Yagi：It would be great to gather only quality materials, but that would increase the costs. The development of this technology to mold products with consistent quality even when using materials with inconsistent material properties expands the materials available for use. I believe this technology has the potential to invigorate the recycled plastic market by broadening its applications.
Yagi：Injection molding using virgin materials under the same conditions keeps weight fluctuations—an indicator of product quality—within a minimal range. Injection molding using recycled materials even under the same conditions results in lot-to-lot weight fluctuations. On the other hand, these circumstances give shape to the idea that uniform quality is possible by creating the appropriate molding conditions for each lot according to the differences in the recycled material properties.
This led to the development of AI for automated process optimization of injection molding conditions. Jumping right to the outcome, the technology that we developed has been able to demonstrate the effectiveness of optimizing molding conditions for each lot to mitigate fluctuations and realize molded products closer to the target weight for each lot. Our technology is helping understand how to realize process optimization for every lot.
The new automated AI process optimization technology consists of two modes. The training mode runs before mass production and the inverse analysis mode runs during mass production.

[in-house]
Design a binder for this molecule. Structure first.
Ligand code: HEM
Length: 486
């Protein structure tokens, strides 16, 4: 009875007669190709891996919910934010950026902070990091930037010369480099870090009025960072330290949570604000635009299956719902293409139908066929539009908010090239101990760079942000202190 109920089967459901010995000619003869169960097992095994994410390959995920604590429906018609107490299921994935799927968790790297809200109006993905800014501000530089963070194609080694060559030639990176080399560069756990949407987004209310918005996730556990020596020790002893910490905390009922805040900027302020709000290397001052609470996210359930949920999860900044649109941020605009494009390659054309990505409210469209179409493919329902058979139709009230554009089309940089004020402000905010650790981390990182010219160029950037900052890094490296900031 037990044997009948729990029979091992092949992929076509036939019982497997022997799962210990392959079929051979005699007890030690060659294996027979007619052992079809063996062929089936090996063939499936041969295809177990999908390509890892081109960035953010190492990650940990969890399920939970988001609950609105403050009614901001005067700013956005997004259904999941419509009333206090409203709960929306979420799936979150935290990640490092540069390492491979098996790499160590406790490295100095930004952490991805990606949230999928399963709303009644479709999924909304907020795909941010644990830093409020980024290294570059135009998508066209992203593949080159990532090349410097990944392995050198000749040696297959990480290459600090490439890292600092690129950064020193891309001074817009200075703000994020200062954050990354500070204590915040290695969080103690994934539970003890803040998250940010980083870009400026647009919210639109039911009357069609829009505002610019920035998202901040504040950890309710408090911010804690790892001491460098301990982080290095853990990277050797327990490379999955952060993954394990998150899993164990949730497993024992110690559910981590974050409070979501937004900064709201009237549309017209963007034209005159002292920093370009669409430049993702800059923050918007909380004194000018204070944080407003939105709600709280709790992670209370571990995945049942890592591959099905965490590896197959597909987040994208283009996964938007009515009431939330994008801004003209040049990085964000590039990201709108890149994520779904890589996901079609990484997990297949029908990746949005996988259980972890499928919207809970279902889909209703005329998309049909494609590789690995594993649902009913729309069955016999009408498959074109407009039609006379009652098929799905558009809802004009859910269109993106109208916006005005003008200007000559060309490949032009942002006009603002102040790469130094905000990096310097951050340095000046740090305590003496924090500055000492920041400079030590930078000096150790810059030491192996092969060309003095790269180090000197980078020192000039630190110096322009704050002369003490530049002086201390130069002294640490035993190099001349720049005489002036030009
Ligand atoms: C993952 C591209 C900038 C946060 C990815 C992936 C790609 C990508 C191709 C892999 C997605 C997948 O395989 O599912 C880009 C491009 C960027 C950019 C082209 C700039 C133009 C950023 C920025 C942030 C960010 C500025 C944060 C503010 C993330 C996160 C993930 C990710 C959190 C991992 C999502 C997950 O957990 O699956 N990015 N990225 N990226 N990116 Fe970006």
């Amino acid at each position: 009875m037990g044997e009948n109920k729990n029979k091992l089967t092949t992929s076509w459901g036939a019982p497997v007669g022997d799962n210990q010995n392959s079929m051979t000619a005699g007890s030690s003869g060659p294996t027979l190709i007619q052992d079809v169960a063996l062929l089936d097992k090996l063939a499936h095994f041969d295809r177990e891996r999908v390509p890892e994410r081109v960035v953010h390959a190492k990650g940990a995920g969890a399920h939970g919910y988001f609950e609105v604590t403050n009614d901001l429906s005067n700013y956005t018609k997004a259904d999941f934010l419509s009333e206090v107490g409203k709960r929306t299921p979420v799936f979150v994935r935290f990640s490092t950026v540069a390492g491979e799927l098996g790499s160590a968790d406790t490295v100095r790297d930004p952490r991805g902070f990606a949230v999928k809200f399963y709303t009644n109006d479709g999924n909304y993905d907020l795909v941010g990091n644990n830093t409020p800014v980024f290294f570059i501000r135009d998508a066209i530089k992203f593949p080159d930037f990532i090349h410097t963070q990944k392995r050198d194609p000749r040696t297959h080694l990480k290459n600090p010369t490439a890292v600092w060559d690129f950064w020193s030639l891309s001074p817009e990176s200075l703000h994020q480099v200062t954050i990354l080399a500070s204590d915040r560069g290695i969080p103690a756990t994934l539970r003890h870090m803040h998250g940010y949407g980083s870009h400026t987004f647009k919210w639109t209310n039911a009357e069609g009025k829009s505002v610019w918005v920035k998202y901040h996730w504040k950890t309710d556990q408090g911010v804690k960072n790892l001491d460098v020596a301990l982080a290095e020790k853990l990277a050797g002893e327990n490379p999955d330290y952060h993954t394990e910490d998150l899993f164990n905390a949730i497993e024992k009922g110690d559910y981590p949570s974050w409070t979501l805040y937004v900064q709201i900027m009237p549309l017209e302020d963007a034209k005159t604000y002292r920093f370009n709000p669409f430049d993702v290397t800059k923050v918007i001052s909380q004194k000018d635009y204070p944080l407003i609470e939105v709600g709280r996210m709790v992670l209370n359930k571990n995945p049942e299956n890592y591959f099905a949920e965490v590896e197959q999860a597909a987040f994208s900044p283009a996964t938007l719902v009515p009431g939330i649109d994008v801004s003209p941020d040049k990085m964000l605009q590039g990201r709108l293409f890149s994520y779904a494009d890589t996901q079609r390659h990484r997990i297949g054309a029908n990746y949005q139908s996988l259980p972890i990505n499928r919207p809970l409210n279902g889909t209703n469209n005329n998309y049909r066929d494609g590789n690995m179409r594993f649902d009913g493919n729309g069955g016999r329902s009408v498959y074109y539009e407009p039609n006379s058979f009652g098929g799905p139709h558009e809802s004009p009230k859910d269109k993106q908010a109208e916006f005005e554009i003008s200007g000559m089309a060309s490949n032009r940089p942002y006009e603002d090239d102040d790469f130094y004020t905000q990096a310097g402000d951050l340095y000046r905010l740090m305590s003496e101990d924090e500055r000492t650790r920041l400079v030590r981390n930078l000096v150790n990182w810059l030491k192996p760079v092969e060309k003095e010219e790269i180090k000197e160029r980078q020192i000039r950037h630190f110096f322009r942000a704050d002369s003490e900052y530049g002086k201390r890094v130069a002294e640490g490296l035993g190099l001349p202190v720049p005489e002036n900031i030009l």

First, in the training mode, multiple lots are processed using a mold with built-in sensors to build a training database that shows the relationship between the (1) molding process conditions, (2) molded part quality (weight), and (3) recycled material properties (features) obtained from sensing data corresponding to the behavior of resin in the mold. Next, a prediction model is built to estimate the quality of molded parts from the recycled material properties and molding process conditions. This approach automatically selects the best algorithm from multiple machine learning algorithms.
The inverse analysis mode is used during mass production. A new lot of recycled plastics is molded under specific molding process conditions and recycled material features are extracted from the sensing data obtained by the in-mold sensors. The approach uses the inverse analysis to obtain the optimal molding process conditions to achieve the target quality based on the material features.
Let me explain by coming at this from a different direction. The formula below shows an overview of this automated AI optimization technology.
Quality = f (Molding process conditions, features of the recycled material)
The training mode first defines the relationships between the quality, molding process conditions, and recycled material features represented in this formula using technology to configure a training database. This approach is based on expert knowledge of injection molding processes and unique technologies to extract the recycled material features from various in-mold sensor data. Next, a machine learning algorithm creates a quality prediction model, represented by function f in the formula. The AI automatically selects the optimal function f from the training data. Everything up to this point is done by the training mode.